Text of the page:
Raising strong, independent and mindful children seems to be a universal goal for parents; I know it’s a goal of ours. We want our children to grow up with a strong sense of identity, that it is okay to be themselves, that they are worthy of love and that nobody can tear them down. Ultimately, the desire for our children to be unapologetically themselves is strong and we want to cultivate this now, and throughout their lives. But how? How can we teach our children to be themselves? One could easily posit and say “throw out all labels” and just let your children be children; let them explore their world and their ideas in a safe, judgment-free manner. But, it’s not that easy. In fact it’s much more complicated since as parents we bring our own baggage of insecurities. Therefore, it would be foolish for me not to first unpack my personal story of discovering my identity and becoming “unapologetically myself.”
As a gay man I was rather young when I put together I wasn’t like everyone else. My first clear memory originated around the age of six. I knew a lesbian couple (neighbors of my aunt and uncle) and I can remember saying to myself, “if two women can live together and be happy then that means two men can, too.” I didn’t dare speak about it to anyone for fear or being ridiculed. Plus, who is going to listen to a six year old? What could they possibly know about themselves? Turns out more than some would give credit. This memory is so vivid.
In reflecting as I grew older and more aware of myself I remember the nasty epithets thrown at me down the hallways in middle school, on the baseball field or in gym class throughout high school: faggot, fudge packer, worthless piece of shit, you fat fag, you’re a disgusting homo, burn in hell. It was hurtful, demeaning and unruly at times. Many nasty rumors were started and it hurt so deep that I walked around with my head down and just minded my own business. When I needed to be happy on the outside I somehow mustered the strength, but often found myself crying at home trying to make sense of why people saw or even cared that I was different than them. I can remember my mom constantly reminding me that, “sticks and stones may break my bones by words will never harm me.” At times, though, the words did hurt – they cut so deep and to the very core of my identity, even though I was still trying to decipher and understand the nature of that identity. It wasn’t until much later in life I started to care less about others and just started living my truth. But it was through this hurt and pain that I arrived at this place.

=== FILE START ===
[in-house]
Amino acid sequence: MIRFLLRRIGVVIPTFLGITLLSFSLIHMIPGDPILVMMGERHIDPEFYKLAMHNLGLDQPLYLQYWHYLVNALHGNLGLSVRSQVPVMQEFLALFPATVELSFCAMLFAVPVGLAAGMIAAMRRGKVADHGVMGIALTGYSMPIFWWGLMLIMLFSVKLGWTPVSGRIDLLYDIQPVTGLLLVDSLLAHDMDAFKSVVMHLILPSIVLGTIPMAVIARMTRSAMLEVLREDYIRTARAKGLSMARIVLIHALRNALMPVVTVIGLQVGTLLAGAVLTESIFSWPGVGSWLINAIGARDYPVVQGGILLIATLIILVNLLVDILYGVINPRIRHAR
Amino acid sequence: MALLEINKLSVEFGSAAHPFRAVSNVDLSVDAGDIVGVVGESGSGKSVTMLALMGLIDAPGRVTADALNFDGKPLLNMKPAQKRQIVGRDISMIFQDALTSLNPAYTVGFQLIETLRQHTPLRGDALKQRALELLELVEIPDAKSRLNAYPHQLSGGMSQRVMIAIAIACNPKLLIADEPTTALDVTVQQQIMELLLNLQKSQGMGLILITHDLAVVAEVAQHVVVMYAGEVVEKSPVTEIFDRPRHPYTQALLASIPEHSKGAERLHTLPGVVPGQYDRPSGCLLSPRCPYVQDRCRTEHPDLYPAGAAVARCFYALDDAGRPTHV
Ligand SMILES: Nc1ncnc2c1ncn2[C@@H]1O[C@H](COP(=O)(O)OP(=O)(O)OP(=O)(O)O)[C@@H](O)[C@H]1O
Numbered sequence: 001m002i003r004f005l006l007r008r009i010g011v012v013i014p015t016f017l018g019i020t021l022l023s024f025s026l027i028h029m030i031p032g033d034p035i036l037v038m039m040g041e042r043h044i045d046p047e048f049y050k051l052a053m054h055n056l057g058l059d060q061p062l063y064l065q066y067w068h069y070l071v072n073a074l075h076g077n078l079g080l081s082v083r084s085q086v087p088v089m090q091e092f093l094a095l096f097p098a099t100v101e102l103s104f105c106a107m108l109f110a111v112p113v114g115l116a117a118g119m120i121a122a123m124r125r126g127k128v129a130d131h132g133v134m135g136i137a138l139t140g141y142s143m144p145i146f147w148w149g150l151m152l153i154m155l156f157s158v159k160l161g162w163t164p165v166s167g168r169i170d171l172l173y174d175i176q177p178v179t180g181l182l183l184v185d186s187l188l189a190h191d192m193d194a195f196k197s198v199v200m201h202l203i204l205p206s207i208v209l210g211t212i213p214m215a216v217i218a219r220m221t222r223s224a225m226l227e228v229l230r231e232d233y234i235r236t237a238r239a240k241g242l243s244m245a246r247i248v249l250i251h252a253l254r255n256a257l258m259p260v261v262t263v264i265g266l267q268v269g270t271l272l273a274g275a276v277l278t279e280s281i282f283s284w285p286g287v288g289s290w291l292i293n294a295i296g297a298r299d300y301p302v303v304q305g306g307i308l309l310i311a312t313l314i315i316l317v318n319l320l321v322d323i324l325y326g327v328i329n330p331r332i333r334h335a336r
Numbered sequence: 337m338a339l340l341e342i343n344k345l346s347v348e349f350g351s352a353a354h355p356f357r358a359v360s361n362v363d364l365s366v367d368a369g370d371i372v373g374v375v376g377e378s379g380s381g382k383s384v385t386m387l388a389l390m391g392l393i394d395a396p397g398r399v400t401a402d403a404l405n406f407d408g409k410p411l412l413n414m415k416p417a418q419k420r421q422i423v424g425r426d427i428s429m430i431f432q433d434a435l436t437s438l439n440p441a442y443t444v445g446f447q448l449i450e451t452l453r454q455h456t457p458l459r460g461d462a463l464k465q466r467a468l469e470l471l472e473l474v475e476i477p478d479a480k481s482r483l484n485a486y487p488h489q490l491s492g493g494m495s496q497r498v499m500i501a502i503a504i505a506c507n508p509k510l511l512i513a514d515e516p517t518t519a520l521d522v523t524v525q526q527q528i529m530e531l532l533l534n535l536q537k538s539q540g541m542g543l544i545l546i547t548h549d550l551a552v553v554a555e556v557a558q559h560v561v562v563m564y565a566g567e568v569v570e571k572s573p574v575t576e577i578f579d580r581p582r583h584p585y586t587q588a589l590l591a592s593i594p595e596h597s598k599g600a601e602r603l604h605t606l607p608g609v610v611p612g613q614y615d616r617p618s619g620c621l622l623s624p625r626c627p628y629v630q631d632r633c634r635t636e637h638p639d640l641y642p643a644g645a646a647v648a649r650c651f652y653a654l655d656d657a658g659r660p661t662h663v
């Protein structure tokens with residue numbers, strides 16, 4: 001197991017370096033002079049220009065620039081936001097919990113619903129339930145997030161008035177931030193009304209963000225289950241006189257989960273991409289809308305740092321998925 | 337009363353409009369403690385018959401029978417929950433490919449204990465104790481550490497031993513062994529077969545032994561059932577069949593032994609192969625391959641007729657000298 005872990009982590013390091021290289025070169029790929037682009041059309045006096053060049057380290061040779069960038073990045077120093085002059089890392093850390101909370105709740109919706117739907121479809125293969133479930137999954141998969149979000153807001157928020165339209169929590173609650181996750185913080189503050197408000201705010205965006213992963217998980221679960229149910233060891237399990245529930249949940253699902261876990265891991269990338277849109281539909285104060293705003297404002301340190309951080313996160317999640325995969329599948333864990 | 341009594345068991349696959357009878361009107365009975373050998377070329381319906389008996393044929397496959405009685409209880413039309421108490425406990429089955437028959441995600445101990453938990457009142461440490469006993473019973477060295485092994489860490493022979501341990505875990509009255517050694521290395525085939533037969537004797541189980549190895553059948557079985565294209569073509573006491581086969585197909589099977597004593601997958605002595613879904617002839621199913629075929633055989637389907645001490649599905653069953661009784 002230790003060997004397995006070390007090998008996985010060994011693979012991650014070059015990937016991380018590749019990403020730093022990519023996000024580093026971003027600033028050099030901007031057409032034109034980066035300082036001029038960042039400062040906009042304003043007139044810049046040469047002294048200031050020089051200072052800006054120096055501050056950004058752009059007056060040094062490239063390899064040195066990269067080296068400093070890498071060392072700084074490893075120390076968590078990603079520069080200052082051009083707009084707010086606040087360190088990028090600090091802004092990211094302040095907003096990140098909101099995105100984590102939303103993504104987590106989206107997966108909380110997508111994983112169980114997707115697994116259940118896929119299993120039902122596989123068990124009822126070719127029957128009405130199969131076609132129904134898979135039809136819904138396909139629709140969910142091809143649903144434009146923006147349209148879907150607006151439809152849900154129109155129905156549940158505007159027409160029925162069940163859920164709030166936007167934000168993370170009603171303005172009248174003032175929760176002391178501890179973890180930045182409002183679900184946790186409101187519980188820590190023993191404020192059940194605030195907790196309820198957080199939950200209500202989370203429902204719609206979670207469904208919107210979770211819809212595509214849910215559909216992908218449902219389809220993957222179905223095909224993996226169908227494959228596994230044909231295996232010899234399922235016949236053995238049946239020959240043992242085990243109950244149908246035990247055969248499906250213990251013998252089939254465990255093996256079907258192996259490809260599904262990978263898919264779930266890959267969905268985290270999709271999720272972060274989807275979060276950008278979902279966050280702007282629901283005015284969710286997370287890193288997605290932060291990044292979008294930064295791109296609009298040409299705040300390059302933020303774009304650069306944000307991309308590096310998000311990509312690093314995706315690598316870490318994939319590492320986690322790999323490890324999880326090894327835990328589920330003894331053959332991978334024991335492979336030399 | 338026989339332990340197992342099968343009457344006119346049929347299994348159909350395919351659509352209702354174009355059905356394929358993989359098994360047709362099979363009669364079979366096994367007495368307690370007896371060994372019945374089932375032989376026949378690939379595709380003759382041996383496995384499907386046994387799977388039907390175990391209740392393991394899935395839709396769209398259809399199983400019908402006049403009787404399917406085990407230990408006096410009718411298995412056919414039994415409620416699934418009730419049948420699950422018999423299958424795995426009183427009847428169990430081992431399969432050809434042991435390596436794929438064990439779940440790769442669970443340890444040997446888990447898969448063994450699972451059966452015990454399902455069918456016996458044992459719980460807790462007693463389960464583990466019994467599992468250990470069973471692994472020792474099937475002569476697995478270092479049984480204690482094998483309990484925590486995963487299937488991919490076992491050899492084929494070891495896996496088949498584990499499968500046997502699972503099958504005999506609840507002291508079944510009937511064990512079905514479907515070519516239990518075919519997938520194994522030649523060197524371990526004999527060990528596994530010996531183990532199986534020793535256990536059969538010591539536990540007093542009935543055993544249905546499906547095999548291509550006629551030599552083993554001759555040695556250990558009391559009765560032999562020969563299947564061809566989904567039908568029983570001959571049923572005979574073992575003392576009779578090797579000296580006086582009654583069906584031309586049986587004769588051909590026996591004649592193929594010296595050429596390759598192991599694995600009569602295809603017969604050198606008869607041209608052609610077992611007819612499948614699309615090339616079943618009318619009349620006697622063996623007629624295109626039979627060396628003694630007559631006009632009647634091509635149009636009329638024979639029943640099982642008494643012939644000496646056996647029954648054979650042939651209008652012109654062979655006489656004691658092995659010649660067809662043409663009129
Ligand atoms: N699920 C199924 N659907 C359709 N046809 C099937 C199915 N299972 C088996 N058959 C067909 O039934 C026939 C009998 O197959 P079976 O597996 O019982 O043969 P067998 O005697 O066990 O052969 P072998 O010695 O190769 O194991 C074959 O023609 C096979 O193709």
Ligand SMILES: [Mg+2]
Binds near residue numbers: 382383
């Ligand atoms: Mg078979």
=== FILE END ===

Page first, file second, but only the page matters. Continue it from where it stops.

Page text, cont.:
This brings me to the crux of why I am penning this piece. Recently I heard a song from the movie The Greatest Showman, “This Is Me,” and it moved me to a place I haven’t been in some time. It’s like my new power anthem. In fact it moved me so much that it got me thinking about how we will create and cultivate our children’s minds to be free, strong and confident. The verse I heard goes like this (no, I won’t sing…):
“When the sharpest words wanna cut me down
I’m gonna send a flood, gonna drown them out
I am brave, I am bruised,
I am who I’m meant to be, this is me
Lookout cause here I come
And I’m marching on to the beat I drum
I’m not scared to be seen
I make no apologies, this is me”
I saw it as someone’s social media status, in quotes, and was like, “OMFG, this is my anthem!” So I dug a little deeper to find out the origins which lead me to this movie about P.T. Barnum and the story of his “Greatest Show on Earth.” I won’t argue the historical discrepancies in the movie (as there are many), but I will say that this movie tackles many poignant current-day issues that surround self-identity, self-pride and to put it bluntly, the many fucks none of us should give about what others think. After all, at times growing up I felt like a circus freak, an outcast and even a stranger in my own body. But it would be with a lot of inner struggle that I would finally arrive at the place I am today. Strong. Confident. Humble. And now, raising children with my husband.
The song appears in the movie midway through when the circus cast wants to join the bourgeoisie of Connecticut to celebrate a performance they had just attended (in a highly invisible section of the theater, mind you). Excited to celebrate before their nightly show they were rejected entry to the gala by their ringleader – for the first time in their history with Barnum he refused them entry giving the most asinine of excuses. It’s in this moment we see the ‘bearded lady’ Lettie Lutz finally emerge and bust out this song. She gave me life!
As I watched it for the first time, eyes fixed on the screen sitting at the edge of my seat, there I was singing, smiling and rooting her on (And I mean hooting and hollerin’!). Each member of the circus was constantly judged by society, emotionally and physically beaten down, told that they are less than human, told that they don’t deserve anything in life…that they were freaks.